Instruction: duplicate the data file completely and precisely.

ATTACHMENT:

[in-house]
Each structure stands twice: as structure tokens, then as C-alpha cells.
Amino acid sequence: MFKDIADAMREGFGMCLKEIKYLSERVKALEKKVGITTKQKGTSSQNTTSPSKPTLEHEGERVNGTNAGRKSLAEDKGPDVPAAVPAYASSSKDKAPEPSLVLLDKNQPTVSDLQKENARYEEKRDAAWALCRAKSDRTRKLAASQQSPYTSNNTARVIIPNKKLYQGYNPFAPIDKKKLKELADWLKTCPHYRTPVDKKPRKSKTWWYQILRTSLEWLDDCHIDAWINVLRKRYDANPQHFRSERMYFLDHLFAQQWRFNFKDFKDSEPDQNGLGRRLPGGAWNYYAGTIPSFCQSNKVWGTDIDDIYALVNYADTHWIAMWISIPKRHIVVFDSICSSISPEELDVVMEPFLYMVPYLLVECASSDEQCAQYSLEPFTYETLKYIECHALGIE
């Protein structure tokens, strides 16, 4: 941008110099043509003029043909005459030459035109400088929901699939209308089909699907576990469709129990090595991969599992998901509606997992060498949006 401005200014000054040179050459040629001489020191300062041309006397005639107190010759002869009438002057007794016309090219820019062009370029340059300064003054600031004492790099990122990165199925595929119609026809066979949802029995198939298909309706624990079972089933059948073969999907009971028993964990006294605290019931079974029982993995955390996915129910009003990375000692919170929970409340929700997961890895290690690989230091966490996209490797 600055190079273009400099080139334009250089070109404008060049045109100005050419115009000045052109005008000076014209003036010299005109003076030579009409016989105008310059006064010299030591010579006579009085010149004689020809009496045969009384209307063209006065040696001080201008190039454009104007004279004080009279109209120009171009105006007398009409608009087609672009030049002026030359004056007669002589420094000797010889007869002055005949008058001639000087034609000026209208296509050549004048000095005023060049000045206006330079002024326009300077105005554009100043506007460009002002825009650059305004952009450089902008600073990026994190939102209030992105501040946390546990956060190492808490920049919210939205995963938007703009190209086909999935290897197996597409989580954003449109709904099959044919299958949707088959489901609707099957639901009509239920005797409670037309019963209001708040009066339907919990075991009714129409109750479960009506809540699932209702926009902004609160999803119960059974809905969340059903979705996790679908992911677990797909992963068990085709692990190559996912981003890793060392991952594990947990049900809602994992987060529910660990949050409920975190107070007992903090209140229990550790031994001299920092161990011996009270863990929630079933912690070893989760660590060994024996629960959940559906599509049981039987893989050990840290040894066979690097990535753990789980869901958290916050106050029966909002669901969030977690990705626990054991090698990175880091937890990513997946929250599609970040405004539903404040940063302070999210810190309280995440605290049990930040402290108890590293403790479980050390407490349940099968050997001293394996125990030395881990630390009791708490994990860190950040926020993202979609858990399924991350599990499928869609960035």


[in-house]
Each structure stands twice: as structure tokens, then as C-alpha cells.
Amino acid sequence: MFKDIADAMREGFGMCLKEIKYLSERVKALEKKVGITTKQKGTSSQNTTSPSKPTLEHEGERVNGTNAGRKSLAEDKGPDVPAAVPAYASSSKDKAPEPSLVLLDKNQPTVSDLQKENARYEEKRDAAWALCRAKSDRTRKLAASQQSPYTSNNTARVIIPNKKLYQGYNPFAPIDKKKLKELADWLKTCPHYRTPVDKKPRKSKTWWYQILRTSLEWLDDCHIDAWINVLRKRYDANPQHFRSERMYFLDHLFAQQWRFNFKDFKDSEPDQNGLGRRLPGGAWNYYAGTIPSFCQSNKVWGTDIDDIYALVNYADTHWIAMWISIPKRHIVVFDSICSSISPEELDVVMEPFLYMVPYLLVECASSDEQCAQYSLEPFTYETLKYIECHALGIE
């Protein structure tokens, strides 16, 4: 941008110099043509003029043909005459030459035109400088929901699939209308089909699907576990469709129990090595991969599992998901509606997992060498949006 401005200014000054040179050459040629001489020191300062041309006397005639107190010759002869009438002057007794016309090219820019062009370029340059300064003054600031004492790099990122990165199925595929119609026809066979949802029995198939298909309706624990079972089933059948073969999907009971028993964990006294605290019931079974029982993995955390996915129910009003990375000692919170929970409340929700997961890895290690690989230091966490996209490797 600055190079273009400099080139334009250089070109404008060049045109100005050419115009000045052109005008000076014209003036010299005109003076030579009409016989105008310059006064010299030591010579006579009085010149004689020809009496045969009384209307063209006065040696001080201008190039454009104007004279004080009279109209120009171009105006007398009409608009087609672009030049002026030359004056007669002589420094000797010889007869002055005949008058001639000087034609000026209208296509050549004048000095005023060049000045206006330079002024326009300077105005554009100043506007460009002002825009650059305004952009450089902008600073990026994190939102209030992105501040946390546990956060190492808490920049919210939205995963938007703009190209086909999935290897197996597409989580954003449109709904099959044919299958949707088959489901609707099957639901009509239920005797409670037309019963209001708040009066339907919990075991009714129409109750479960009506809540699932209702926009902004609160999803119960059974809905969340059903979705996790679908992911677990797909992963068990085709692990190559996912981003890793060392991952594990947990049900809602994992987060529910660990949050409920975190107070007992903090209140229990550790031994001299920092161990011996009270863990929630079933912690070893989760660590060994024996629960959940559906599509049981039987893989050990840290040894066979690097990535753990789980869901958290916050106050029966909002669901969030977690990705626990054991090698990175880091937890990513997946929250599609970040405004539903404040940063302070999210810190309280995440605290049990930040402290108890590293403790479980050390407490349940099968050997001293394996125990030395881990630390009791708490994990860190950040926020993202979609858990399924991350599990499928869609960035």